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US drug war has met none of its goals

Associated Press | 5/19/2010, 5:58 a.m.

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(Top) President Richard M. Nixon launched a  war on drugs campaign in 1970 but, 40 years later, both Mexico and the U.S. goverment admit that the war on drugs is a failure. (AP Photo/C.W. Harrity)
(Middle) Two municipal police officers embrace after they were ambushed by unknown gunmen in the northern border city of Ciudad Juarez, Mexico, Friday April 23, 2010. At least five federal policemen and one municipal police officer, as well as a 17-year-old girl who was passing by, were killed in the ambush, according to police authorities. (AP Photo/Javier Manzano)
(Bottom) Gil Kerlikowske, director of the White House’s Office of National Drug Control Policy, is seen here during a news conference in Mexico City, Monday July 27, 2009. (AP Photo/Dario Lopez-Miller)

MEXICO CITY — After 40 years, the United States’ war on drugs has cost $1 trillion and hundreds of thousands of lives, and for what? Drug use is rampant and violence even more brutal and widespread.

Even U.S. drug czar Gil Kerlikowske concedes the strategy hasn’t worked.

“In the grand scheme, it has not been successful,” Kerlikowske told The Associated Press. “Forty years later, the concern about drugs and drug problems is, if anything, magnified, intensified.”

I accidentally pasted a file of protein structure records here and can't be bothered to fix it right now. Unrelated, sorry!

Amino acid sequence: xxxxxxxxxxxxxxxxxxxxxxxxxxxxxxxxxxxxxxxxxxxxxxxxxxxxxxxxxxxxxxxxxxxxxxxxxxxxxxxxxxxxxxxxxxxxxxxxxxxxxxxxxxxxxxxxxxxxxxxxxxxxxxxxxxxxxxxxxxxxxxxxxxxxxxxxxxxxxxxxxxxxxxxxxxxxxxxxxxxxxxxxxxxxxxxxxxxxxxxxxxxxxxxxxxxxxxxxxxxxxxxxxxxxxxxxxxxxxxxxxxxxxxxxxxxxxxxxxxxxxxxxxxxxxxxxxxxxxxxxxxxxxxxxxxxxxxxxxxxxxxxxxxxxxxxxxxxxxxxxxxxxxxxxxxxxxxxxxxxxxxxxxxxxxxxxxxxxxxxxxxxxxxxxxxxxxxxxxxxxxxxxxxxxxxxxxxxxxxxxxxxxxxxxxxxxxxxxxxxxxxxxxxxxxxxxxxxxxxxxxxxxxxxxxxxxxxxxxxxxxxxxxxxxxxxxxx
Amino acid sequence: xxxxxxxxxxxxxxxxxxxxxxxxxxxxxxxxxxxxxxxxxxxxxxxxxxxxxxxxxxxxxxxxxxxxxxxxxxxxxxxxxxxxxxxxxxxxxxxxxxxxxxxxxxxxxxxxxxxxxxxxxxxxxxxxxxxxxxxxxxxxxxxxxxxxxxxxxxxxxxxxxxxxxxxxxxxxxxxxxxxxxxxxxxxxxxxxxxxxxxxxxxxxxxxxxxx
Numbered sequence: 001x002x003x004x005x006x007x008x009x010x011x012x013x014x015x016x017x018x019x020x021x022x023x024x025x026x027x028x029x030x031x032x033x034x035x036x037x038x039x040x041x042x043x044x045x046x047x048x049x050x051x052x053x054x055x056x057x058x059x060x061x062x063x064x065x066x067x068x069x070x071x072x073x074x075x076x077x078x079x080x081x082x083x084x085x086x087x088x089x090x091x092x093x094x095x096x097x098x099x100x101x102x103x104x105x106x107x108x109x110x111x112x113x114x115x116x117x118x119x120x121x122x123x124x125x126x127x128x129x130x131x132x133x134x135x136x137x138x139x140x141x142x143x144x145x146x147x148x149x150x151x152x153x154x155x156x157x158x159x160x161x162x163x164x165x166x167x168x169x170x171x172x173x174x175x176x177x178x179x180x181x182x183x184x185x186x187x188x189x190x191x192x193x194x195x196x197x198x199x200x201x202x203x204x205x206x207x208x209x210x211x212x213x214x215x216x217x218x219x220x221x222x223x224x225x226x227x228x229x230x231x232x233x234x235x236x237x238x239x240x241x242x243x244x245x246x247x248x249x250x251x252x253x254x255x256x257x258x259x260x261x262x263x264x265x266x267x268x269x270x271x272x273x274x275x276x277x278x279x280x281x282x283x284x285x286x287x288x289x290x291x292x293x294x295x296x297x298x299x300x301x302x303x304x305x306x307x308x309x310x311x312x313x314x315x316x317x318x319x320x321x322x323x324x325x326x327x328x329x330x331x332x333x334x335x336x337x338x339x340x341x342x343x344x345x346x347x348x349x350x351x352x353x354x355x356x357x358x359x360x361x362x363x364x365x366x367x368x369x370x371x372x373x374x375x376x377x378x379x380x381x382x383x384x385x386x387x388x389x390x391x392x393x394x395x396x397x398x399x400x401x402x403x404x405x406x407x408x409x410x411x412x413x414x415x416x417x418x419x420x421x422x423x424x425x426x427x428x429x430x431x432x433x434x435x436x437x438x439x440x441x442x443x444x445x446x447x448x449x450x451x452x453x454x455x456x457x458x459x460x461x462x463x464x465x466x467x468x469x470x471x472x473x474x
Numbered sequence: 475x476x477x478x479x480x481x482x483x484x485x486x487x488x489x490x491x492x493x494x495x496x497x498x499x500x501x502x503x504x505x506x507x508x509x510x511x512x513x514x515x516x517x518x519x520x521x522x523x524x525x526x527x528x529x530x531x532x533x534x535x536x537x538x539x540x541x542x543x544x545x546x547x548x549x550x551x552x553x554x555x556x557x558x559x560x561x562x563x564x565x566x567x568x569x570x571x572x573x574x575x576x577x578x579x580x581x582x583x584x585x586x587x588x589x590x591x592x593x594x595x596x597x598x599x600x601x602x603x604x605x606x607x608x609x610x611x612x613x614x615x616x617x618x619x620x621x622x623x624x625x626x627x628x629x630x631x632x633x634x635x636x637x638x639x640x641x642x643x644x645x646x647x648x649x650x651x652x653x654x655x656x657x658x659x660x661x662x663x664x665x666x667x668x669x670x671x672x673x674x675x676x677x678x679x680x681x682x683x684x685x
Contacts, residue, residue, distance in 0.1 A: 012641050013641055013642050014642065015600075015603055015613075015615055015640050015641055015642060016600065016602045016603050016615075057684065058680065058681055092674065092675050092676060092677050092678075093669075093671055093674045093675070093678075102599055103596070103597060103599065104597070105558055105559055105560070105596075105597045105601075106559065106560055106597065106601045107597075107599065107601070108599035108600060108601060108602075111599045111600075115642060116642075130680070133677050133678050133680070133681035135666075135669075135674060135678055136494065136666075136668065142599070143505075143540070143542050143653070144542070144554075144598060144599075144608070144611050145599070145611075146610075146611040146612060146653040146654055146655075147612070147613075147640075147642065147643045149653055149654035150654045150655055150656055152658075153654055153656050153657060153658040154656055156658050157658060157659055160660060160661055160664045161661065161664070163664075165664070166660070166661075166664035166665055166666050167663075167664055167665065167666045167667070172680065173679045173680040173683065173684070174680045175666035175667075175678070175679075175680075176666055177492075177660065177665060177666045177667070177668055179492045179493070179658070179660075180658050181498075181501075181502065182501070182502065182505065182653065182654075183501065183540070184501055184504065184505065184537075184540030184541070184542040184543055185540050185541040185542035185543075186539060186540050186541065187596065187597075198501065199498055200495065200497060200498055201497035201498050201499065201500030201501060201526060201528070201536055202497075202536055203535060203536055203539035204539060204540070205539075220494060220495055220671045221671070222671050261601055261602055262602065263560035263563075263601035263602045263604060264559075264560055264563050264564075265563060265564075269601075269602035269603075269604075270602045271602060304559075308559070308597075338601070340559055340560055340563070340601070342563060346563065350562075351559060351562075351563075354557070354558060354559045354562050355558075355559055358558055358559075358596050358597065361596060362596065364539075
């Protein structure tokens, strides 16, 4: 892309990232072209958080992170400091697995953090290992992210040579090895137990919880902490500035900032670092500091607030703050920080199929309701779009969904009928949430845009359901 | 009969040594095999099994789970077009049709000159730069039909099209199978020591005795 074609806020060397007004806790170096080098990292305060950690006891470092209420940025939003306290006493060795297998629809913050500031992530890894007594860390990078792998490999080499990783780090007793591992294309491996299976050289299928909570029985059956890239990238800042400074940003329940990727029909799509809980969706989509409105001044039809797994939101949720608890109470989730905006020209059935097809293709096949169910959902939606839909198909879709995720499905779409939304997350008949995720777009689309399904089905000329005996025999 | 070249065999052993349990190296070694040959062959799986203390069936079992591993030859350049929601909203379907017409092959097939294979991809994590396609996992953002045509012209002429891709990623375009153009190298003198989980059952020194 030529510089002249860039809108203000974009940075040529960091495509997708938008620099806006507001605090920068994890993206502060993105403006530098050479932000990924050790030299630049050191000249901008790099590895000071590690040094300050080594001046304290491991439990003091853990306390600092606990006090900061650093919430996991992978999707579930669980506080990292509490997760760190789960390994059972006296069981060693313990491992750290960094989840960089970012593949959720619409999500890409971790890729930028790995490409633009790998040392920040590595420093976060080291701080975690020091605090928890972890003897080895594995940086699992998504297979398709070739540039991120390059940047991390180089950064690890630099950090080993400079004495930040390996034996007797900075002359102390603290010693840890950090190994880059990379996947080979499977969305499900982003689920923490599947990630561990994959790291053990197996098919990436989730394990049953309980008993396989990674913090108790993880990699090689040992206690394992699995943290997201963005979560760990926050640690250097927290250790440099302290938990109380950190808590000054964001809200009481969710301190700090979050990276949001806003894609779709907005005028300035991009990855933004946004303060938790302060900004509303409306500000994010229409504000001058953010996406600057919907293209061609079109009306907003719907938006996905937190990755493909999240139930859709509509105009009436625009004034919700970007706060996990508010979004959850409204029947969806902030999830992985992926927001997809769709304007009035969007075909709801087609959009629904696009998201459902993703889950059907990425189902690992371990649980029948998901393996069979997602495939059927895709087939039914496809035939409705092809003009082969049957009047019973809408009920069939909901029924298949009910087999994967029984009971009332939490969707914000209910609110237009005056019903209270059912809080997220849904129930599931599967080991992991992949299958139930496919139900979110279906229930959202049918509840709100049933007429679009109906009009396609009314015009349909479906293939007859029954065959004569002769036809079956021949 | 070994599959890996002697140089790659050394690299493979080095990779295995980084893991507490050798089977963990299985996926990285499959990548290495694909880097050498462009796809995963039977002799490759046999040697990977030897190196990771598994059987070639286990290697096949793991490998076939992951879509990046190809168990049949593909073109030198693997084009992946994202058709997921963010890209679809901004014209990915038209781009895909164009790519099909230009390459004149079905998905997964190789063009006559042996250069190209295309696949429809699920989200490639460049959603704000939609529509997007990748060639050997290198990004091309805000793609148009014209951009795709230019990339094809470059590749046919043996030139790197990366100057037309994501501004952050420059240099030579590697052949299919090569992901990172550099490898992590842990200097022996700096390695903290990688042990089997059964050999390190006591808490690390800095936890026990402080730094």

This week President Obama promised to “reduce drug use and the great damage it causes” with a new national policy that he said treats drug use more as a public health issue and focuses on prevention and treatment.

Nevertheless, his administration has increased spending on interdiction and law enforcement to record levels both in dollars and in percentage terms; this year, they account for $10 billion of his $15.5 billion drug-control budget.

Kerlikowske, who coordinates all federal anti-drug policies, says it will take time for the spending to match the rhetoric.

“Nothing happens overnight,” he said. “We’ve never worked the drug problem holistically. We’ll arrest the drug dealer, but we leave the addiction.”

His predecessor, John P. Walters, takes issue with that.

Walters insists society would be far worse today if there had been no War on Drugs. Drug abuse peaked nationally in 1979 and, despite fluctuations, remains below those levels, he says. Judging the drug war is complicated: Records indicate marijuana and prescription drug abuse are climbing, while cocaine use is way down. Seizures are up, but so is availability.